New York Times Book Review

Why did the Times Magazine reject Martin Luther King's "Letter From Birmingham Jail"?

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Can you tell the difference between Naomi Wolf's prose and Wiccan literature? Or Cosmo?

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Here is Bill Clinton, reviewing The Passage Of Power, the fifth volume of Robert Caro's Lyndon Johnson biography, in the May 5 New York Times Book Review:  L.B.J., [Sargent] Shriver and other giants of the civil rights and anti­poverty movements ... believed government had an essential part to play in expanding civil rights and reducing poverty and inequality. It soon became clear that hearts needed to be changed, along with laws. Not just Congress, but the American people themselves needed to be got to.

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I’m not unsympathetic to the arguments recently raised by Meg Wolitzer in The New York Times Book Review, and by my colleague Ruth Franklin, regarding the marginalization of “women’s fiction.” Yet both their pieces contained an irksome assumption: Female authors don’t want “women stuff” on their book covers. All that girly junk is just a means of marginalization. “Look at some of the jackets of novels by women,” Wolitzer writes: Laundry hanging on a line. A little girl in a field of wildflowers. A pair of shoes on a beach. An empty swing on the porch of an old yellow house.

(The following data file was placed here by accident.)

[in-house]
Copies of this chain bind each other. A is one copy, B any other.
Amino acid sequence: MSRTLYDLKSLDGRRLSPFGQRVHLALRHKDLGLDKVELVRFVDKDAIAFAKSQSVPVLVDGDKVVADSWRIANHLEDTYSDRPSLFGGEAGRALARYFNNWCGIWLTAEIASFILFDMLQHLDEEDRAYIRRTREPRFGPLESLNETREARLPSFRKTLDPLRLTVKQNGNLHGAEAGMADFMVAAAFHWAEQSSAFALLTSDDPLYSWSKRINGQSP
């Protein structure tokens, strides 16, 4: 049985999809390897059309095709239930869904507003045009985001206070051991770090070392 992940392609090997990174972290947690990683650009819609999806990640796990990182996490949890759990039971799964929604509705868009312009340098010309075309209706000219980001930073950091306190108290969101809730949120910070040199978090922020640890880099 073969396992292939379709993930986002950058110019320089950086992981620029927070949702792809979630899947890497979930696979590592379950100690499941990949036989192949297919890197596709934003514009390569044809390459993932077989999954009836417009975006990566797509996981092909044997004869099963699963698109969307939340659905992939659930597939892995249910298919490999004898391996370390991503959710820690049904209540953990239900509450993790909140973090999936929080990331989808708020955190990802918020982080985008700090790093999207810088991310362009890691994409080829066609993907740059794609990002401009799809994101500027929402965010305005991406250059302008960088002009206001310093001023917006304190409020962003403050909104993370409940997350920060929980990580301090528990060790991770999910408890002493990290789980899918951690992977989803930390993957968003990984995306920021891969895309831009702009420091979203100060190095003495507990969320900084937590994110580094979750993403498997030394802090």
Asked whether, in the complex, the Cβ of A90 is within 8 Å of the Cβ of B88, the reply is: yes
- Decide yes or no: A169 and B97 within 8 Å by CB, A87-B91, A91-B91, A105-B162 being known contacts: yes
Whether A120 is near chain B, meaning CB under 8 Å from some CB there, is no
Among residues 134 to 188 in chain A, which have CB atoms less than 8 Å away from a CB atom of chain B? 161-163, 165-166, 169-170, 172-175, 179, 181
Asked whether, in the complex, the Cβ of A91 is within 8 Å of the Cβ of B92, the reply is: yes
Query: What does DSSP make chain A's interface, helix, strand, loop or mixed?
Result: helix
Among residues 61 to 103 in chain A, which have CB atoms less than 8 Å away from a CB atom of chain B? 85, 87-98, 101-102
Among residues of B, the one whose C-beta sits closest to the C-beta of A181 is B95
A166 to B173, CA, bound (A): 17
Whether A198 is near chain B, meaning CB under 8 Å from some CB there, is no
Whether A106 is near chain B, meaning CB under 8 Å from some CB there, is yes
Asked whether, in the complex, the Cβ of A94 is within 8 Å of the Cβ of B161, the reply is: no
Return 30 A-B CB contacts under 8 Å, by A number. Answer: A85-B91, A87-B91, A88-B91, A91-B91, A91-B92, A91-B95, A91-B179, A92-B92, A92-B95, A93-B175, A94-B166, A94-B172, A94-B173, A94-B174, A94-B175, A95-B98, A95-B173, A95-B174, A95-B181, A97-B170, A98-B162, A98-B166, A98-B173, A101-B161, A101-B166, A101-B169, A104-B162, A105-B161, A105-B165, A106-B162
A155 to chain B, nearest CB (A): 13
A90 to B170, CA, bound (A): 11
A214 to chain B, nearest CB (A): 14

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The first shots were fired last summer, when Jennifer Weiner and Jodi Picoult called the New York Times Book Review a boys’ club. (I weighed in then, too, calling on the Times to respond to statistics posted by Double X regarding the disparity between books by male authors and female authors reviewed in their pages.) Now, the war is on. A few days ago, VIDA, a women’s literary organization, posted on its website a stark illustration of what appears to be gender bias in the book review sections of magazines and literary journals.

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The first editors of the first issue of The New Republic in 1914 began their books and arts section with what was, and still is, a bristling admonition to critics. The words belonged to Rebecca West, called “indisputably the world’s number one woman writer” by Time in 1947 (though she probably resented the gender modifier). She titled her essay “The Duty of Harsh Criticism,” and she was as harsh on herself as she was harsh on the two males she put to scrutiny, George Bernard Shaw and H.G. Wells, certified “great men” who have passed way into the deep past.

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Sweet And Low

I. The Poisonwood Bible by Barbara Kingsolver (HarperFlamingo, 546 pp., $26) Barbara Kingsolver is the most successful practitioner of a style in contemporary fiction that might be called Nice Writing. Nice Writing is a violent affability, a deadly sweetness, a fatal gentle touch. But before I start in on Kingsolver's work, I feel I must explain why I feel that I must start in on it. I do so for a younger version of myself, for the image that I carry inside me of a boy who was the son of a sadistic, alcoholic father, and of a mother who was hurt but also hurtful, and abusive.

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